Uranium Finance Hacker Executes $2.5M BUSD Transfer To Ethereum
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Uranium Finance Hacker Executes $2.5M BUSD Transfer To Ethereum

The Uranium Finance hacker has transferred 2.5 million BUSD from the BNB chain to Ethereum (ETH) using

On Jan. 22, On-chain analytics platform PeckShield Alert reported the transfer of 2.5 million BUSD from the BNB Chain to Ethereum, leveraging the protocol, a DEX aggregator. 

This movement involved the conversion of assets to 812 ETH and approximately $500,000 in stablecoins.

Originating from the notorious Uranium Finance hack in April 2021, the primary address associated with the incident transferred a total of $3.1 million in BUSD to Ethereum. 

Peck Shield’s initial report indicated the movement of $10,000 BUSD via Stargate, a cross-chain bridging protocol. Further tracking revealed additional transfers totaling 3.1 million BUSD.

The attacker’s strategy involved distributing 500,000 BUSD across six transactions and 100,000 BUSD in another. 

The batch of transactions, executed within an hour, sparked discussions in the crypto community.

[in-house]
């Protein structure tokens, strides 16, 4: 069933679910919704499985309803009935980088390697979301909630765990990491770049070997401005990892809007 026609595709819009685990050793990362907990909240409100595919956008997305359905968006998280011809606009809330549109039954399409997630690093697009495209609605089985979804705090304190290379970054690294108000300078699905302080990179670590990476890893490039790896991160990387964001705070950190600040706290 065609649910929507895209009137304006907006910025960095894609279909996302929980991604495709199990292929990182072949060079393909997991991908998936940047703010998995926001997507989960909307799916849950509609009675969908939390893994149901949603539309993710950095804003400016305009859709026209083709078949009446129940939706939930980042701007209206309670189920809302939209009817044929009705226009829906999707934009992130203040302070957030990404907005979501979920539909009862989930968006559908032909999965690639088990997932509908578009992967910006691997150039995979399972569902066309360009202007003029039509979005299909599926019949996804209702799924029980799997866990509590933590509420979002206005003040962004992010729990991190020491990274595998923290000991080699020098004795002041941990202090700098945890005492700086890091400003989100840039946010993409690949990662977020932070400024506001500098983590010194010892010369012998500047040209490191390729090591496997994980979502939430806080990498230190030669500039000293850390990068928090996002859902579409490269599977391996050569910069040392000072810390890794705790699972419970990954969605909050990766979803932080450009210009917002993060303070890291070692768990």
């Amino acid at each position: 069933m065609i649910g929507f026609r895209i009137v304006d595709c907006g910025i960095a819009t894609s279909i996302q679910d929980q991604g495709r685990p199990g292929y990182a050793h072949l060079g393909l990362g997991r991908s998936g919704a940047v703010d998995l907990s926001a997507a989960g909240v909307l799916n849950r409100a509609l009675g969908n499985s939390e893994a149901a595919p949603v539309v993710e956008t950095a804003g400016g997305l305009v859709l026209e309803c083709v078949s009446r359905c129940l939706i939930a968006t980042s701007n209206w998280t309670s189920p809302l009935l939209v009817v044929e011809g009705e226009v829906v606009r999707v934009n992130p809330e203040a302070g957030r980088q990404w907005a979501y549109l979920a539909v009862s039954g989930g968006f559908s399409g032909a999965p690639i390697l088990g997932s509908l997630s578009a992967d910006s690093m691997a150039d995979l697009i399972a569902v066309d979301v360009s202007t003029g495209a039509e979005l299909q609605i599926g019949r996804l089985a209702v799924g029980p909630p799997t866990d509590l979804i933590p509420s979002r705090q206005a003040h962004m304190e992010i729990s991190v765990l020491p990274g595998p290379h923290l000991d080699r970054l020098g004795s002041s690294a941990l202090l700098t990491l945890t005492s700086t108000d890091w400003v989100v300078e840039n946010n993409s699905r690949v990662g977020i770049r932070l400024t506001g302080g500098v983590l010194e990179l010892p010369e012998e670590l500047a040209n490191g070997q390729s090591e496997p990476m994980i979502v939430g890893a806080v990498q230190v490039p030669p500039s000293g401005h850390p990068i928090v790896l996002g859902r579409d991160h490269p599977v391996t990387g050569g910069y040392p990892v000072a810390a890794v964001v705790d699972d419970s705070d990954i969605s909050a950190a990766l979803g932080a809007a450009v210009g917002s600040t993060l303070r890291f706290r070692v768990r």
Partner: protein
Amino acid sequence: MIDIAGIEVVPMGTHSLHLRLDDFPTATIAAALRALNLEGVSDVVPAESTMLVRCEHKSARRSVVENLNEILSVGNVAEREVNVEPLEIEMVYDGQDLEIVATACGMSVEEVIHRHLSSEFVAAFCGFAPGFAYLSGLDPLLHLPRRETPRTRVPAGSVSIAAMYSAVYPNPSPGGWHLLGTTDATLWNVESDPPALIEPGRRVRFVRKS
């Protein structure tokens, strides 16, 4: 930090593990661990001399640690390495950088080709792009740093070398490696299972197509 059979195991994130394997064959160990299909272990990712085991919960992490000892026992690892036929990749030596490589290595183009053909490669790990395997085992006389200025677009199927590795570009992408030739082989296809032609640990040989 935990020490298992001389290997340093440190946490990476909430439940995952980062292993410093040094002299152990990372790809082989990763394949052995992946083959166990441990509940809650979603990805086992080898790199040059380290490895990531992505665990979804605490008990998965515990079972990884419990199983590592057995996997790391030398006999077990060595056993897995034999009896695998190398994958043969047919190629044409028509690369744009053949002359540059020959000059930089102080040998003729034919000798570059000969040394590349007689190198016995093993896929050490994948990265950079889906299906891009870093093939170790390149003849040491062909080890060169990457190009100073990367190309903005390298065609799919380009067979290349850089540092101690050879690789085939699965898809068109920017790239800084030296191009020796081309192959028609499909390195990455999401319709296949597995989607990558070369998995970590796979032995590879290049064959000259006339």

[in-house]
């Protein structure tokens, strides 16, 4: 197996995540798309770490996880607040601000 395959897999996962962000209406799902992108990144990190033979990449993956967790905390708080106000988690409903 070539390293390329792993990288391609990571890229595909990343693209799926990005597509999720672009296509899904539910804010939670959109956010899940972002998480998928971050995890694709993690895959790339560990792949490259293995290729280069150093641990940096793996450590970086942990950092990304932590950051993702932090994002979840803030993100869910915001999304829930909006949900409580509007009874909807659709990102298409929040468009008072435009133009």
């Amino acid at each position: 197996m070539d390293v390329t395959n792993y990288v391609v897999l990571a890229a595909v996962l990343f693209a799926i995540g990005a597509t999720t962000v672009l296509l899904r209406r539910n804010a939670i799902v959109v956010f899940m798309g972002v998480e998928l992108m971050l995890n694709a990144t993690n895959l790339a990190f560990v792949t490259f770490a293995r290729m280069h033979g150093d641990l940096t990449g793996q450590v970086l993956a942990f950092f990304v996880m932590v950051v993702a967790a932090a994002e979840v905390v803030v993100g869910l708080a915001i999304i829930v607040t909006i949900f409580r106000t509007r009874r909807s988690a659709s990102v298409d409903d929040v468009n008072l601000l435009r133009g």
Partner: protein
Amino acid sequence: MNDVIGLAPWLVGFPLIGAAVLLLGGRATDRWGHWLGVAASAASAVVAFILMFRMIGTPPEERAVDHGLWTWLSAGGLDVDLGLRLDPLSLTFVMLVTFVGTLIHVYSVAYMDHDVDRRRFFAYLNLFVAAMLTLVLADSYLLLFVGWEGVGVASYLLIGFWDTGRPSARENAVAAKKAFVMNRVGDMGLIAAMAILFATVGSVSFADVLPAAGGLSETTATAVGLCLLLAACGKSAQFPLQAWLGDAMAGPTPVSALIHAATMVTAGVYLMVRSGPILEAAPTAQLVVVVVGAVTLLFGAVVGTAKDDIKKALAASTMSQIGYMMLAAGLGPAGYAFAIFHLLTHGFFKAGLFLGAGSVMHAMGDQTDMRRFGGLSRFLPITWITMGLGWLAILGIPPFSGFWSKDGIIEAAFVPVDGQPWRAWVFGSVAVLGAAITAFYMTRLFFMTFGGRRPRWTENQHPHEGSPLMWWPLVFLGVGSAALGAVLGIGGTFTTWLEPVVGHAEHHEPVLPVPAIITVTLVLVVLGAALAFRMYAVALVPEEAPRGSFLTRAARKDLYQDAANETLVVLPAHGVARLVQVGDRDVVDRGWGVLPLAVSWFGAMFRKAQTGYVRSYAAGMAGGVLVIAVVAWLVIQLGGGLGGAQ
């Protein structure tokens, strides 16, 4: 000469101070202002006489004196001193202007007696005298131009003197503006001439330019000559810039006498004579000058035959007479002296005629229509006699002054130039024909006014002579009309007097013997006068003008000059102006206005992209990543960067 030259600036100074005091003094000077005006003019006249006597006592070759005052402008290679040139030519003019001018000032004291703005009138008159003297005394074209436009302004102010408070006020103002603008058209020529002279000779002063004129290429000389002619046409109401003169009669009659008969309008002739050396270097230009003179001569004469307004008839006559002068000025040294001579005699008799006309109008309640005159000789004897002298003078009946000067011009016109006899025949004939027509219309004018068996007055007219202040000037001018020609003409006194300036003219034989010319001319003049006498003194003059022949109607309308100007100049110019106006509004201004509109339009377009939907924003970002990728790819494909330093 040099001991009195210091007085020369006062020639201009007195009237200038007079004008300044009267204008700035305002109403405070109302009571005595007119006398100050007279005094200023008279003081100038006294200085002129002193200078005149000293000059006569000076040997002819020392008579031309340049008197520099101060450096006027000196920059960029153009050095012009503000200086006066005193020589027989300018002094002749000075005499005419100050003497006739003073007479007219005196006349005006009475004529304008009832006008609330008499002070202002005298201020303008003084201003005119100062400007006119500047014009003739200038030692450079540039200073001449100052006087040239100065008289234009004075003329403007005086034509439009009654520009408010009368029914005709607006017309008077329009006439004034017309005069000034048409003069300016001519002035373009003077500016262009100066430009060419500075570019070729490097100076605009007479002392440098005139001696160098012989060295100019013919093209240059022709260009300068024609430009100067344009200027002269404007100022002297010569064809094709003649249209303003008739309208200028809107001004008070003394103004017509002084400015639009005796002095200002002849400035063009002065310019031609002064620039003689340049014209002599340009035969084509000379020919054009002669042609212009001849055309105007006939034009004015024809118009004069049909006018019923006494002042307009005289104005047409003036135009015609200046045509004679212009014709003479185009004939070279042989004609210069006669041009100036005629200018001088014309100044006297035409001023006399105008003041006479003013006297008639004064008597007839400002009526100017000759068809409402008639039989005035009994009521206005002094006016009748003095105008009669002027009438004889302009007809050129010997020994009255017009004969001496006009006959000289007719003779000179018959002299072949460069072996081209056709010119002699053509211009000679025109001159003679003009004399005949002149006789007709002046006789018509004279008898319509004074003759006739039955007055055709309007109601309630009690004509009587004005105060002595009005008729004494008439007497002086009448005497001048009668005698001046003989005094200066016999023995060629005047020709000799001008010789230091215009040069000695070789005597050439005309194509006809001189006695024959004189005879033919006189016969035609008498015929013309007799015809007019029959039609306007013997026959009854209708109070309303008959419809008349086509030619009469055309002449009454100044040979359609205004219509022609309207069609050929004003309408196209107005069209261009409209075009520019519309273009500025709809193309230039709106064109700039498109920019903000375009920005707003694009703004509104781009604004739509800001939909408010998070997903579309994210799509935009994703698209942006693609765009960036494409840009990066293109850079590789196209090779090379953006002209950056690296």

See Also: Trezor Security Breach: Only User Data Are Exposed, Digital Assets Are Safe

The exploiter’s BNB Chain address held over $15 million in assets, comprising BUSD and Wrapped BNB (WBNB). At the time of writing, the wallet was completely drained.

Additionally, the Ethereum address of the exploiter boasted holdings of 824 Ether, valued at $1.3 million at the time, along with smaller amounts of USDC and USDT. 

Notably, soon after the BUSD transfer to Ethereum, 1,200 ETH (valued at $1.89 million) were moved to Tornado Cash, a cryptocurrency mixer. This was executed through 12 transactions of 100 ETH each.

These activities aligned with a pattern observed throughout the year, including several transfers to Tornado Cash in the preceding months. 

The first of these occurred in March, involving a different address to move 2,250 ETH to the mixer. In total, the exploiter extracted $50 million in crypto assets by exploiting a flaw in the pair contracts of the protocol.

On a related note, 2024 has witnessed increased illicit cryptocurrency activities. A notable phishing attack, reported by Scam Sniffer, resulted in a $4.20 million loss for the victim. 

The scam exploited ERC20 Permit signatures, allowing scammers access to the victim’s assets.

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